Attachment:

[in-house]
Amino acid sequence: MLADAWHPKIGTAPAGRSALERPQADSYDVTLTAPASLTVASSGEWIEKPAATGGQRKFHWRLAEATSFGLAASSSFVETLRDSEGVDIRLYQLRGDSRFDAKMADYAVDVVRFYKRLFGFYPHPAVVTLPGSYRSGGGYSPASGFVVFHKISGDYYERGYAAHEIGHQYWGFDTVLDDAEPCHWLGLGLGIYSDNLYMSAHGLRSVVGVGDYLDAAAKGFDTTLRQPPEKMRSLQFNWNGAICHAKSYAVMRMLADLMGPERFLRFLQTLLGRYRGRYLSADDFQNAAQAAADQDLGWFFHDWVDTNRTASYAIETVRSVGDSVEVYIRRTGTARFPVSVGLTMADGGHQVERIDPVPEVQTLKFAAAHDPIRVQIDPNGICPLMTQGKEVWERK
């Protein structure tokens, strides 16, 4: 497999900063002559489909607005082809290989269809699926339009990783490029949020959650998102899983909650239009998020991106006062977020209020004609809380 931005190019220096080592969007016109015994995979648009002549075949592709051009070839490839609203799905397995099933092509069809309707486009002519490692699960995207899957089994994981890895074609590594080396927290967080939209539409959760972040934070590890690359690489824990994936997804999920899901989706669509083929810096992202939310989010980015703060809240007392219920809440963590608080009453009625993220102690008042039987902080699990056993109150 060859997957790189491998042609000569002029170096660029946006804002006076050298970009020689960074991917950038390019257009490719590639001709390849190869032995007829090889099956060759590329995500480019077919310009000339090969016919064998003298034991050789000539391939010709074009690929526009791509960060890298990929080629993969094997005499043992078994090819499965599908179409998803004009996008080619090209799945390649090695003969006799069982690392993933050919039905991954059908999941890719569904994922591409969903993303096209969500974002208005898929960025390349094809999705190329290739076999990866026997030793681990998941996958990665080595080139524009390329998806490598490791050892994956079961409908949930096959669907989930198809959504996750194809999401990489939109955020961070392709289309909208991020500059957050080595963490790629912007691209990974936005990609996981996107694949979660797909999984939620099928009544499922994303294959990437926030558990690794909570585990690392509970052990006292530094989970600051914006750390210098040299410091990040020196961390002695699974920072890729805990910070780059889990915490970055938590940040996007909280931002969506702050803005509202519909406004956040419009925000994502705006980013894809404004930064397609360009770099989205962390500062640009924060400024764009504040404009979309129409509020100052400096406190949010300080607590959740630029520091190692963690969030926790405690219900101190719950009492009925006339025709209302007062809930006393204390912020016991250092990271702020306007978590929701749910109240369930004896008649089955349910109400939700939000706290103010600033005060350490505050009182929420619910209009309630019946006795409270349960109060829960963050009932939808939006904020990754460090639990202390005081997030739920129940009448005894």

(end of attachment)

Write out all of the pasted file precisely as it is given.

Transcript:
[in-house]
Amino acid sequence: MLADAWHPKIGTAPAGRSALERPQADSYDVTLTAPASLTVASSGEWIEKPAATGGQRKFHWRLAEATSFGLAASSSFVETLRDSEGVDIRLYQLRGDSRFDAKMADYAVDVVRFYKRLFGFYPHPAVVTLPGSYRSGGGYSPASGFVVFHKISGDYYERGYAAHEIGHQYWGFDTVLDDAEPCHWLGLGLGIYSDNLYMSAHGLRSVVGVGDYLDAAAKGFDTTLRQPPEKMRSLQFNWNGAICHAKSYAVMRMLADLMGPERFLRFLQTLLGRYRGRYLSADDFQNAAQAAADQDLGWFFHDWVDTNRTASYAIETVRSVGDSVEVYIRRTGTARFPVSVGLTMADGGHQVERIDPVPEVQTLKFAAAHDPIRVQIDPNGICPLMTQGKEVWERK
């Protein structure tokens, strides 16, 4: 497999900063002559489909607005082809290989269809699926339009990783490029949020959650998102899983909650239009998020991106006062977020209020004609809380 931005190019220096080592969007016109015994995979648009002549075949592709051009070839490839609203799905397995099933092509069809309707486009002519490692699960995207899957089994994981890895074609590594080396927290967080939209539409959760972040934070590890690359690489824990994936997804999920899901989706669509083929810096992202939310989010980015703060809240007392219920809440963590608080009453009625993220102690008042039987902080699990056993109150 060859997957790189491998042609000569002029170096660029946006804002006076050298970009020689960074991917950038390019257009490719590639001709390849190869032995007829090889099956060759590329995500480019077919310009000339090969016919064998003298034991050789000539391939010709074009690929526009791509960060890298990929080629993969094997005499043992078994090819499965599908179409998803004009996008080619090209799945390649090695003969006799069982690392993933050919039905991954059908999941890719569904994922591409969903993303096209969500974002208005898929960025390349094809999705190329290739076999990866026997030793681990998941996958990665080595080139524009390329998806490598490791050892994956079961409908949930096959669907989930198809959504996750194809999401990489939109955020961070392709289309909208991020500059957050080595963490790629912007691209990974936005990609996981996107694949979660797909999984939620099928009544499922994303294959990437926030558990690794909570585990690392509970052990006292530094989970600051914006750390210098040299410091990040020196961390002695699974920072890729805990910070780059889990915490970055938590940040996007909280931002969506702050803005509202519909406004956040419009925000994502705006980013894809404004930064397609360009770099989205962390500062640009924060400024764009504040404009979309129409509020100052400096406190949010300080607590959740630029520091190692963690969030926790405690219900101190719950009492009925006339025709209302007062809930006393204390912020016991250092990271702020306007978590929701749910109240369930004896008649089955349910109400939700939000706290103010600033005060350490505050009182929420619910209009309630019946006795409270349960109060829960963050009932939808939006904020990754460090639990202390005081997030739920129940009448005894």